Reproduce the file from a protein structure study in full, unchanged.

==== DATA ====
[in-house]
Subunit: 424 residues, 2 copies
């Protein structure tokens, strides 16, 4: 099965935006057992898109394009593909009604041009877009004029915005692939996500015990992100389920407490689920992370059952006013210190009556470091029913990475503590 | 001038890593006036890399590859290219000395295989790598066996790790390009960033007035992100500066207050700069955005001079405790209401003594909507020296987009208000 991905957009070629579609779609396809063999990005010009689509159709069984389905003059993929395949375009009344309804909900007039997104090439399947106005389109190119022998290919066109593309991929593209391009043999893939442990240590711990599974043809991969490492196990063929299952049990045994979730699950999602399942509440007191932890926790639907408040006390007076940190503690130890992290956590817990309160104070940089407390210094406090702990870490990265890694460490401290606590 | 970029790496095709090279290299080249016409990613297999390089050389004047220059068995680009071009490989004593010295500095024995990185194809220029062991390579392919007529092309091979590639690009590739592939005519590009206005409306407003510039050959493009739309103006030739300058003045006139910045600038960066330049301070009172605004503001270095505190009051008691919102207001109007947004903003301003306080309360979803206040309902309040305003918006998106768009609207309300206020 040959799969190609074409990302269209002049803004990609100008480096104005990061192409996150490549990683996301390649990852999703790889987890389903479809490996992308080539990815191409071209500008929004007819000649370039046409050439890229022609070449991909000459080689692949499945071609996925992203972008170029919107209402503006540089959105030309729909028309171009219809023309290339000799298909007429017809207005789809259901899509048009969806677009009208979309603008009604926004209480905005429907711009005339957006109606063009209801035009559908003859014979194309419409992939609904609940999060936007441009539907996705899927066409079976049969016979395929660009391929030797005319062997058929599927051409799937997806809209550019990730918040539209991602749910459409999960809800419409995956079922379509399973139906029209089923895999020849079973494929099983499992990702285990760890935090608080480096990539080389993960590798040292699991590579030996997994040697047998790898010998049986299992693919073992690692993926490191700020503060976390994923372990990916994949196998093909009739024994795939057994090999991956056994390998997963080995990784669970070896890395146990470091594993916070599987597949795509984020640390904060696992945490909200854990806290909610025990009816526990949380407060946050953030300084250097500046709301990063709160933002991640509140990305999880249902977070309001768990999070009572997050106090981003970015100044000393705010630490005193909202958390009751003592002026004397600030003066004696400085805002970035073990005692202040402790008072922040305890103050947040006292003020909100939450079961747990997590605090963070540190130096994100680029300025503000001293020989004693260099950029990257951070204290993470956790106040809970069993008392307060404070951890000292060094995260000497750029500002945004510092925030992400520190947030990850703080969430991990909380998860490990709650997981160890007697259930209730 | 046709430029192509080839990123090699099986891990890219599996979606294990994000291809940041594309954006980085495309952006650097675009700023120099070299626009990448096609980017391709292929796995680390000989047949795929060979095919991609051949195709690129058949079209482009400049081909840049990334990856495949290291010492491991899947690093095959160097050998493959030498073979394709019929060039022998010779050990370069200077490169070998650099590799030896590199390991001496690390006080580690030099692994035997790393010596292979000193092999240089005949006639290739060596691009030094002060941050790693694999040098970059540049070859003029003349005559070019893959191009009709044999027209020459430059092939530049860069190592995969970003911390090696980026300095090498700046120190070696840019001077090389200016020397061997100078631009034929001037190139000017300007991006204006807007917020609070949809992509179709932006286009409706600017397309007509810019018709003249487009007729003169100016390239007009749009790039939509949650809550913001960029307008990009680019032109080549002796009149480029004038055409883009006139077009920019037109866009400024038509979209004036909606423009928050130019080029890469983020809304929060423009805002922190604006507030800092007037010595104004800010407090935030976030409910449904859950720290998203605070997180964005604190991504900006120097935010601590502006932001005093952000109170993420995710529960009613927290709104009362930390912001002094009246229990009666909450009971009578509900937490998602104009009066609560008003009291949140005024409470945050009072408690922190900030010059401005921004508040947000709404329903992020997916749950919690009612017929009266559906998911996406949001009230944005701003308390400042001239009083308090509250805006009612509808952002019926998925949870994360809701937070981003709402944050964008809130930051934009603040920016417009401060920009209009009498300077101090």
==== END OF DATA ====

[in-house]
Subunit: 424 residues, 2 copies
């Protein structure tokens, strides 16, 4: 099965935006057992898109394009593909009604041009877009004029915005692939996500015990992100389920407490689920992370059952006013210190009556470091029913990475503590 | 001038890593006036890399590859290219000395295989790598066996790790390009960033007035992100500066207050700069955005001079405790209401003594909507020296987009208000 991905957009070629579609779609396809063999990005010009689509159709069984389905003059993929395949375009009344309804909900007039997104090439399947106005389109190119022998290919066109593309991929593209391009043999893939442990240590711990599974043809991969490492196990063929299952049990045994979730699950999602399942509440007191932890926790639907408040006390007076940190503690130890992290956590817990309160104070940089407390210094406090702990870490990265890694460490401290606590 | 970029790496095709090279290299080249016409990613297999390089050389004047220059068995680009071009490989004593010295500095024995990185194809220029062991390579392919007529092309091979590639690009590739592939005519590009206005409306407003510039050959493009739309103006030739300058003045006139910045600038960066330049301070009172605004503001270095505190009051008691919102207001109007947004903003301003306080309360979803206040309902309040305003918006998106768009609207309300206020 040959799969190609074409990302269209002049803004990609100008480096104005990061192409996150490549990683996301390649990852999703790889987890389903479809490996992308080539990815191409071209500008929004007819000649370039046409050439890229022609070449991909000459080689692949499945071609996925992203972008170029919107209402503006540089959105030309729909028309171009219809023309290339000799298909007429017809207005789809259901899509048009969806677009009208979309603008009604926004209480905005429907711009005339957006109606063009209801035009559908003859014979194309419409992939609904609940999060936007441009539907996705899927066409079976049969016979395929660009391929030797005319062997058929599927051409799937997806809209550019990730918040539209991602749910459409999960809800419409995956079922379509399973139906029209089923895999020849079973494929099983499992990702285990760890935090608080480096990539080389993960590798040292699991590579030996997994040697047998790898010998049986299992693919073992690692993926490191700020503060976390994923372990990916994949196998093909009739024994795939057994090999991956056994390998997963080995990784669970070896890395146990470091594993916070599987597949795509984020640390904060696992945490909200854990806290909610025990009816526990949380407060946050953030300084250097500046709301990063709160933002991640509140990305999880249902977070309001768990999070009572997050106090981003970015100044000393705010630490005193909202958390009751003592002026004397600030003066004696400085805002970035073990005692202040402790008072922040305890103050947040006292003020909100939450079961747990997590605090963070540190130096994100680029300025503000001293020989004693260099950029990257951070204290993470956790106040809970069993008392307060404070951890000292060094995260000497750029500002945004510092925030992400520190947030990850703080969430991990909380998860490990709650997981160890007697259930209730 | 046709430029192509080839990123090699099986891990890219599996979606294990994000291809940041594309954006980085495309952006650097675009700023120099070299626009990448096609980017391709292929796995680390000989047949795929060979095919991609051949195709690129058949079209482009400049081909840049990334990856495949290291010492491991899947690093095959160097050998493959030498073979394709019929060039022998010779050990370069200077490169070998650099590799030896590199390991001496690390006080580690030099692994035997790393010596292979000193092999240089005949006639290739060596691009030094002060941050790693694999040098970059540049070859003029003349005559070019893959191009009709044999027209020459430059092939530049860069190592995969970003911390090696980026300095090498700046120190070696840019001077090389200016020397061997100078631009034929001037190139000017300007991006204006807007917020609070949809992509179709932006286009409706600017397309007509810019018709003249487009007729003169100016390239007009749009790039939509949650809550913001960029307008990009680019032109080549002796009149480029004038055409883009006139077009920019037109866009400024038509979209004036909606423009928050130019080029890469983020809304929060423009805002922190604006507030800092007037010595104004800010407090935030976030409910449904859950720290998203605070997180964005604190991504900006120097935010601590502006932001005093952000109170993420995710529960009613927290709104009362930390912001002094009246229990009666909450009971009578509900937490998602104009009066609560008003009291949140005024409470945050009072408690922190900030010059401005921004508040947000709404329903992020997916749950919690009612017929009266559906998911996406949001009230944005701003308390400042001239009083308090509250805006009612509808952002019926998925949870994360809701937070981003709402944050964008809130930051934009603040920016417009401060920009209009009498300077101090």